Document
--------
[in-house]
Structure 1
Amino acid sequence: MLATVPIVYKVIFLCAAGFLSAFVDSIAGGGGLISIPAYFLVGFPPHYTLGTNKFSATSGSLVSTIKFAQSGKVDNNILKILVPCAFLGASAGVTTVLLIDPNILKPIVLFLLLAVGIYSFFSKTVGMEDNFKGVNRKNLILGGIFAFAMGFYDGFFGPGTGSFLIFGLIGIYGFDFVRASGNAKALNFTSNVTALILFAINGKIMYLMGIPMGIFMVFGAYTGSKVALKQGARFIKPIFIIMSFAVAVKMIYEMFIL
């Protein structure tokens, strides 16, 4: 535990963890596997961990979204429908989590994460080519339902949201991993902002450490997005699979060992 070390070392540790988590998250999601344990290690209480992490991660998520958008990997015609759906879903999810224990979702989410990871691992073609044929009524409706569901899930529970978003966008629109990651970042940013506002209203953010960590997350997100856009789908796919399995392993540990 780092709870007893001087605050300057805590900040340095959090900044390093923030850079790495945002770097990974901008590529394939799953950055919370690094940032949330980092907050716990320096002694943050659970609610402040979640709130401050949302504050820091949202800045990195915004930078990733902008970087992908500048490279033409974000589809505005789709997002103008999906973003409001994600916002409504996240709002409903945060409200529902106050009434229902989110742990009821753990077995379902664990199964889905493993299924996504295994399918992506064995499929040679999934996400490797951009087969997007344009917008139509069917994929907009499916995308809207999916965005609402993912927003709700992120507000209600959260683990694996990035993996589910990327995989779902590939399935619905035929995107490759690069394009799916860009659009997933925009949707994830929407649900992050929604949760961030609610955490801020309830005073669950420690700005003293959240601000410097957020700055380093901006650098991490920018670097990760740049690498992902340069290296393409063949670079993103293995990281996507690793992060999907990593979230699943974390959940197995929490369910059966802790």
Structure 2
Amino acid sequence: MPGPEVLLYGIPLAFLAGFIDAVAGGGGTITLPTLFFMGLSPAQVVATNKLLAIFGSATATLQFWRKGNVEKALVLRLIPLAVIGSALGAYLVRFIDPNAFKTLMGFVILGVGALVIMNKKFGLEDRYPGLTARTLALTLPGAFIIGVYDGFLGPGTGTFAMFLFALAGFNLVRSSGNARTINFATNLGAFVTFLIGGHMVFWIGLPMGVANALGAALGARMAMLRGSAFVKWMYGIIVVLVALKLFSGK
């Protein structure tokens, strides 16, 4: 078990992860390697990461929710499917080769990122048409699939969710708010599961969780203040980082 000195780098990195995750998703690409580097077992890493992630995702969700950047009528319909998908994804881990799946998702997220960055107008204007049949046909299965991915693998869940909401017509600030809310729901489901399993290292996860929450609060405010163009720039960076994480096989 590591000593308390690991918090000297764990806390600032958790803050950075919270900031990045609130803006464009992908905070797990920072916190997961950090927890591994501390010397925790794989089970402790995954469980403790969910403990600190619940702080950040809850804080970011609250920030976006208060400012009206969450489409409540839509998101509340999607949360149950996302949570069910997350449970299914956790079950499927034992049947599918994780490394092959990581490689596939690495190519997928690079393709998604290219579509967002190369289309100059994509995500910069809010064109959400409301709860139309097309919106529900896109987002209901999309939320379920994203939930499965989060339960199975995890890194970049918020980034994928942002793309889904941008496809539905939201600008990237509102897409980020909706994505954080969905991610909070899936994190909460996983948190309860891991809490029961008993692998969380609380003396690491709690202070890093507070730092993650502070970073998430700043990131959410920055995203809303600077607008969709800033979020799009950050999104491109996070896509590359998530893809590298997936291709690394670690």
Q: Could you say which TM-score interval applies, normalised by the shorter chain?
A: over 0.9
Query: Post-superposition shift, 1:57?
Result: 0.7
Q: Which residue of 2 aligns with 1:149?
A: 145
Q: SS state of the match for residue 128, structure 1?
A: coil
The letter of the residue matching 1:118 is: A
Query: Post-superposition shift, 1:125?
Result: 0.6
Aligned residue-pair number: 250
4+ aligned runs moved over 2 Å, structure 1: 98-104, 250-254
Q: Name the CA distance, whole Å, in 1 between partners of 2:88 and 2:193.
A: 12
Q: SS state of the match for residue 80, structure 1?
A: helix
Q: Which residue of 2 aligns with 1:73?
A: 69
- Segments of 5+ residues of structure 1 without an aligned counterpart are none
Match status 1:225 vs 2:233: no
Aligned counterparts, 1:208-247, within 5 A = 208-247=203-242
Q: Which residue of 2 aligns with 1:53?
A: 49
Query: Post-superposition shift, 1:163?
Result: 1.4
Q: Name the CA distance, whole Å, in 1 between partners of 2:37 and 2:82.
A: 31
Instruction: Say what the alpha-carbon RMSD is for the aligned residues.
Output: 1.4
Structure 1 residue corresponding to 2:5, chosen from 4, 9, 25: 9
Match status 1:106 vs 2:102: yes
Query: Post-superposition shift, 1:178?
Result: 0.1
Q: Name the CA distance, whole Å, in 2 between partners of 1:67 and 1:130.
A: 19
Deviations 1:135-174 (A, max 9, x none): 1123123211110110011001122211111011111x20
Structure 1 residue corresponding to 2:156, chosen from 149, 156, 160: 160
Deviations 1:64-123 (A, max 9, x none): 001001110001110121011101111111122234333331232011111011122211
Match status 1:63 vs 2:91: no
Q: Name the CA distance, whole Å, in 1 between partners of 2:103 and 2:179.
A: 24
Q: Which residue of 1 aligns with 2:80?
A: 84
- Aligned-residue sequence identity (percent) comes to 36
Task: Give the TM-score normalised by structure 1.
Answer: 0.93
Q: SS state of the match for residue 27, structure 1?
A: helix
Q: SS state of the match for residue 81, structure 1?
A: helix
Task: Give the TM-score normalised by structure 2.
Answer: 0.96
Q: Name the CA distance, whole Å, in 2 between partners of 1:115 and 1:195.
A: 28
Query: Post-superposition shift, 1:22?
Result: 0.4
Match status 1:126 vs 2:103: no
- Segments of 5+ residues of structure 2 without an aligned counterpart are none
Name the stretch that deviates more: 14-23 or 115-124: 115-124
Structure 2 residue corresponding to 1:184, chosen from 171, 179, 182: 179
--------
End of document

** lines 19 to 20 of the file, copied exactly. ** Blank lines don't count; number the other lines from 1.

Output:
Aligned residue-pair number: 250
4+ aligned runs moved over 2 Å, structure 1: 98-104, 250-254